Livingston is a place that often welcomes waves of tourists. The attraction of Yellowstone National Park, as well as the Yellowstone River, brings in many clients for local businesses. Businesses have had to adapt to the rush of visitors that returned after COVID-19 had settled. More people wanted to see the world, and what better place to see than Montana. In fact, Yellowstone National Park visitation numbers in July 2021 were at an all-time high, according to the National Park Service website.
With the increase in newcomers, it creates new challenges for local businesses. From staffing shortages and supply chain problems that have affected businesses all over the country, to irate customers who disagree with mask policies, the past year has been taxing for employers.
Dan Bailey’s Outdoor Company in downtown Livingston has had steady business. COVID did cause a decrease in employees for many businesses, but owner Dale Sexton said, “Our employees are a foundation.” Dan Bailey’s had little to no staff shortage problems, Sexton said.
With a team, work can be easier. Longtime Dan Bailey’s employee Rob Lahren said, “We weren’t hit as hard from COVID. It is slow right now, but we are expecting a big wave in December.” Sexton said Dan Bailey’s had a slight price increase due to inflation, but the business is doing well.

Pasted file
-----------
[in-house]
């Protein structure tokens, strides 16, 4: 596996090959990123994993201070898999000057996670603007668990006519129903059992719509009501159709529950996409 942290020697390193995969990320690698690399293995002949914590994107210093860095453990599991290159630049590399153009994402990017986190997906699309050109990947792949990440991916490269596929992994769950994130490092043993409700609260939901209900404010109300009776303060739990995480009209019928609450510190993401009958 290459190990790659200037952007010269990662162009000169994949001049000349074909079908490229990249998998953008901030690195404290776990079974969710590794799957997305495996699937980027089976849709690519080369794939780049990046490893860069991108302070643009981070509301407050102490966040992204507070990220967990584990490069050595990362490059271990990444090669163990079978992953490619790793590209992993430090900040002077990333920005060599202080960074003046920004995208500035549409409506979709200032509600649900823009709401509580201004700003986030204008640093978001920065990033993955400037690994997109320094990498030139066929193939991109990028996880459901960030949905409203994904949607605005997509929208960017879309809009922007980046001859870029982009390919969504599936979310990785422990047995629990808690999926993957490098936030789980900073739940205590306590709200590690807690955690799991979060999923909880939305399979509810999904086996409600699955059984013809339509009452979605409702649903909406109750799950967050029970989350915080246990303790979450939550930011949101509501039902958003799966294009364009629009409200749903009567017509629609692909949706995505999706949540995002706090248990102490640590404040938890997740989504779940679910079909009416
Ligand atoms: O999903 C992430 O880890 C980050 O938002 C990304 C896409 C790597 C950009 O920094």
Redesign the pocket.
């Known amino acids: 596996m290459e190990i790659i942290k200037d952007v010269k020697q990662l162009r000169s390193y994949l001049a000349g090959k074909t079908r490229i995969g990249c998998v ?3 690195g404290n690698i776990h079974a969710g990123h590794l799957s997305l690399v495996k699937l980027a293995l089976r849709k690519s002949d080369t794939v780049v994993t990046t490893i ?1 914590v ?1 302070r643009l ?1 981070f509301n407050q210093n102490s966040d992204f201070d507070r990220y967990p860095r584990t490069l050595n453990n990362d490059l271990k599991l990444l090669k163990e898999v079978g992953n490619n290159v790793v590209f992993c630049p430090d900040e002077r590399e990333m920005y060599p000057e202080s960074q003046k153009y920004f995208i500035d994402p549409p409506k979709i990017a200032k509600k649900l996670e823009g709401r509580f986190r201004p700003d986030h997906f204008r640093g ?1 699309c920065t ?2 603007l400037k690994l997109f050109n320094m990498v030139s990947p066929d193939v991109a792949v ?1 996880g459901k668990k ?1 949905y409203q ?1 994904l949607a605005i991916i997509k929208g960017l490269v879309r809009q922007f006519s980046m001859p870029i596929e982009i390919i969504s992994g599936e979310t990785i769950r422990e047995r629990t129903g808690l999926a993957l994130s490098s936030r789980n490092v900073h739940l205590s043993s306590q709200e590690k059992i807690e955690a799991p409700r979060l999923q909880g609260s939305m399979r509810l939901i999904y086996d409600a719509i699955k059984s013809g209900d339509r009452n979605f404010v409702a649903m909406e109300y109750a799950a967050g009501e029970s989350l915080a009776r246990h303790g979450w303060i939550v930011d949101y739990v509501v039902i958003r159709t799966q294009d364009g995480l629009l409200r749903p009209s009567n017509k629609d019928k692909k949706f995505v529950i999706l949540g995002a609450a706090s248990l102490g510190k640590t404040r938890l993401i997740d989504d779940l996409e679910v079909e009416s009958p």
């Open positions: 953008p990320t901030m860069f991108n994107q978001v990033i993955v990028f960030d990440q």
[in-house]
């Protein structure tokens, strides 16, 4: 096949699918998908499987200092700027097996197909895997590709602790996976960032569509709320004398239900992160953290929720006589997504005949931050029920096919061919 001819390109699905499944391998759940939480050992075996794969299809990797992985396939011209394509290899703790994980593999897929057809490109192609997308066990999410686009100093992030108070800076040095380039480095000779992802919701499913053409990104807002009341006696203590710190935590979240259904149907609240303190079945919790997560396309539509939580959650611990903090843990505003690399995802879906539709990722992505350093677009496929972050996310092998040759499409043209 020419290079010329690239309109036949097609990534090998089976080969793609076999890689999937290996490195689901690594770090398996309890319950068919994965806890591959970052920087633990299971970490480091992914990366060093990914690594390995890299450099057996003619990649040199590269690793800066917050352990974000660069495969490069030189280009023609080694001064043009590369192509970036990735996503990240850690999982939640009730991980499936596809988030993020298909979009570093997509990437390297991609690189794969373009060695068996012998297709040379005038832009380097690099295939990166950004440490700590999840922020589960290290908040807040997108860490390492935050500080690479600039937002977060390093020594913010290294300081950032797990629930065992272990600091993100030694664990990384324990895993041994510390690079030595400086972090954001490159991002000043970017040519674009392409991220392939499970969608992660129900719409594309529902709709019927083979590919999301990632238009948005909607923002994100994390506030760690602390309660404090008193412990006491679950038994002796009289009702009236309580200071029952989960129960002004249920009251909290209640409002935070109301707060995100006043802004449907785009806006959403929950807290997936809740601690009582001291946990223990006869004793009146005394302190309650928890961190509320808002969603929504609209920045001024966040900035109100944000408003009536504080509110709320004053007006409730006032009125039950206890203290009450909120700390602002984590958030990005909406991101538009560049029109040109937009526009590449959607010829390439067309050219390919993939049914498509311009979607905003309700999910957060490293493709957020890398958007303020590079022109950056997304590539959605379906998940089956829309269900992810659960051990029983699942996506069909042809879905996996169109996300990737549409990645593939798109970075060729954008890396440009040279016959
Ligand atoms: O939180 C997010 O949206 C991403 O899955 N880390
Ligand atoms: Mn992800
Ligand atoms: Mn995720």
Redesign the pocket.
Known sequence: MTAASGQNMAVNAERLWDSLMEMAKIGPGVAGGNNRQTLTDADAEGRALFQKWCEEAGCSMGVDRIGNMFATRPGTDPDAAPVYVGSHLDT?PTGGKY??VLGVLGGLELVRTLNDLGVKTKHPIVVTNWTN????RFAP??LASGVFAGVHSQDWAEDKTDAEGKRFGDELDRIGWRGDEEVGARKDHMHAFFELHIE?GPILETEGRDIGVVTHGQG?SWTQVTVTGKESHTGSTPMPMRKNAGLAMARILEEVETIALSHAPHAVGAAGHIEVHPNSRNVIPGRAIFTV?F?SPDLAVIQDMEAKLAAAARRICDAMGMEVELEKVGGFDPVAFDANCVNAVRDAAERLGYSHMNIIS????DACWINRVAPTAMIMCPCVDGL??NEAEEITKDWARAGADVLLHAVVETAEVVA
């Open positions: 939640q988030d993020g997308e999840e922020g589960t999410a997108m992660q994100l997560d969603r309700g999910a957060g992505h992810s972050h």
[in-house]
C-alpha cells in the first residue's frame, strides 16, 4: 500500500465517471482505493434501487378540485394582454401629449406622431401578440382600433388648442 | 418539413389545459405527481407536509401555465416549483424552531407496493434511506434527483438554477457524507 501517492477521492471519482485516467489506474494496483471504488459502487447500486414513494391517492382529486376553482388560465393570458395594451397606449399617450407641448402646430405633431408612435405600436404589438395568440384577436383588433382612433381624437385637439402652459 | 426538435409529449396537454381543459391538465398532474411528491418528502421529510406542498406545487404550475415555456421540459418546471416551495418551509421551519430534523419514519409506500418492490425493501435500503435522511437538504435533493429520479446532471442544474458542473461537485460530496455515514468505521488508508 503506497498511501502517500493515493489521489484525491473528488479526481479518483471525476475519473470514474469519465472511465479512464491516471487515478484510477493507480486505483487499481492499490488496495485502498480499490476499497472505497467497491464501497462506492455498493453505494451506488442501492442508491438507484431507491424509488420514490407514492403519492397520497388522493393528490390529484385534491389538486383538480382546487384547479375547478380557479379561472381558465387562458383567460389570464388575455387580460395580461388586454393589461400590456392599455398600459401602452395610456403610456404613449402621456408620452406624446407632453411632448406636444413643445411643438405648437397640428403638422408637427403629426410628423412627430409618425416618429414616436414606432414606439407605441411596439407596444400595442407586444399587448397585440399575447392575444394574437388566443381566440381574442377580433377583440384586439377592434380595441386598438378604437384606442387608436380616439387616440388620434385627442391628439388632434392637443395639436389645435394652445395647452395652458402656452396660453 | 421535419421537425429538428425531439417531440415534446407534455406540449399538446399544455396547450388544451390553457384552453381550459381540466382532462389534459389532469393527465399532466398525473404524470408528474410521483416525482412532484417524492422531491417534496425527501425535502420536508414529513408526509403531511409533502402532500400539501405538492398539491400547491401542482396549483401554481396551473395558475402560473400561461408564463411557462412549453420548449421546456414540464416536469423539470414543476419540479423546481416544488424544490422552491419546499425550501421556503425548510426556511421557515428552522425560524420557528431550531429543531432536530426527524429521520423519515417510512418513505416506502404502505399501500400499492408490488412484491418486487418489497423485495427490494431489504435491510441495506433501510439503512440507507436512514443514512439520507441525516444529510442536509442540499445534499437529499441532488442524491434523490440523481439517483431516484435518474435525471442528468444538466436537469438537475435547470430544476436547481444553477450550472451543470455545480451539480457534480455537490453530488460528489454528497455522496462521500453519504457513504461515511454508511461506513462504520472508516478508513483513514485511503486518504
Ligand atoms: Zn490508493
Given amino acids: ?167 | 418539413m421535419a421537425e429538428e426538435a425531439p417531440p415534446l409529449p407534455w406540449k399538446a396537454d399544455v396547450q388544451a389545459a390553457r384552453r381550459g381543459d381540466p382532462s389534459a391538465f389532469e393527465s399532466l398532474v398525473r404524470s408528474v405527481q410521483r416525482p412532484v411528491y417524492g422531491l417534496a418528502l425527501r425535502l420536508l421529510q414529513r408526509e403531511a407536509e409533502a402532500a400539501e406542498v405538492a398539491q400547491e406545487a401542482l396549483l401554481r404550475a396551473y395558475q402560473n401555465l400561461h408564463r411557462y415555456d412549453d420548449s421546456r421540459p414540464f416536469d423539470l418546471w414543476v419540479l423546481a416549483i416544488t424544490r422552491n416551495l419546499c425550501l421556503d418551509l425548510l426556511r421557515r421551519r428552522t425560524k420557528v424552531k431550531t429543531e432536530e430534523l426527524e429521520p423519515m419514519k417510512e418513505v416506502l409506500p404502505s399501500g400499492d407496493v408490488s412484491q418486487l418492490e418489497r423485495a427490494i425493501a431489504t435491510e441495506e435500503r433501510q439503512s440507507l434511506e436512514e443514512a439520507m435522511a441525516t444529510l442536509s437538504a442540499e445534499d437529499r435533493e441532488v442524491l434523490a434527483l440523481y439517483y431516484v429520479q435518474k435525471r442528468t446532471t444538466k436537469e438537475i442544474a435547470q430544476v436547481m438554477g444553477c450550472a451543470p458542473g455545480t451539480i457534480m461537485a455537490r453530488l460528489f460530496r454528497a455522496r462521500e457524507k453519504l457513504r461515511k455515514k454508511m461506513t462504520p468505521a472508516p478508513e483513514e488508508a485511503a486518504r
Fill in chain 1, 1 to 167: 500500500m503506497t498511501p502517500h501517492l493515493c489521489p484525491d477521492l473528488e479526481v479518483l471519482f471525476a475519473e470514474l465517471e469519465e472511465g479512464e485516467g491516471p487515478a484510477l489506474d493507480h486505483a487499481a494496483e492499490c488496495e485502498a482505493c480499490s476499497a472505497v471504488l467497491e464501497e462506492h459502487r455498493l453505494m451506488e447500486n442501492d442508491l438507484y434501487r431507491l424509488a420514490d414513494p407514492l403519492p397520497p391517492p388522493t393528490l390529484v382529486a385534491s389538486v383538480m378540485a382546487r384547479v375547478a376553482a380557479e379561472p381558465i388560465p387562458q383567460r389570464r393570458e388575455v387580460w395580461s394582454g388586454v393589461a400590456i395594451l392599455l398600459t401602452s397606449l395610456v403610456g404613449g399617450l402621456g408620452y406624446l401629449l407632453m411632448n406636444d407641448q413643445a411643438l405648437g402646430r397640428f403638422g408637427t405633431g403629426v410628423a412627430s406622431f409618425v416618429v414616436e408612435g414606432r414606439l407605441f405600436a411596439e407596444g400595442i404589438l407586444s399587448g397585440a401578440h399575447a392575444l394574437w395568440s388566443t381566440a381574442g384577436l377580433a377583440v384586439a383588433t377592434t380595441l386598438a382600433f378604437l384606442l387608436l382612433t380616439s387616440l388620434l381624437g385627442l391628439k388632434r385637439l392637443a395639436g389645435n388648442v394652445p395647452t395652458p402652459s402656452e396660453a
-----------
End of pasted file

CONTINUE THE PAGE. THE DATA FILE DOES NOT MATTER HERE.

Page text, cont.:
With the increased number of tourists comes a higher demand for a place to stay. The Fairfield Inn, Livingston’s newest hotel, has been able to accommodate them. General manager Kelly Baker said Fairfield maintained a 93% occupancy rate all through summer as well as the past few months. Hotels were one of the hardest hit industries during the pandemic, but Montana businesses were not hit as hard.
As with many other businesses, the Fairfield has had to raise wages to stay competitive, Baker said. They have also struggled keeping dedicated workers. Openings are often in housekeeping which Baker said has a high turnover in employees.
Business is seasonal in many tourism-related fields, and the Fairfield is expecting a rush during the winter. During the slow times, however, workers may have fewer hours or shifts. “One of the things I value about my company is that we avoid cutting back hours if we can,” Baker said.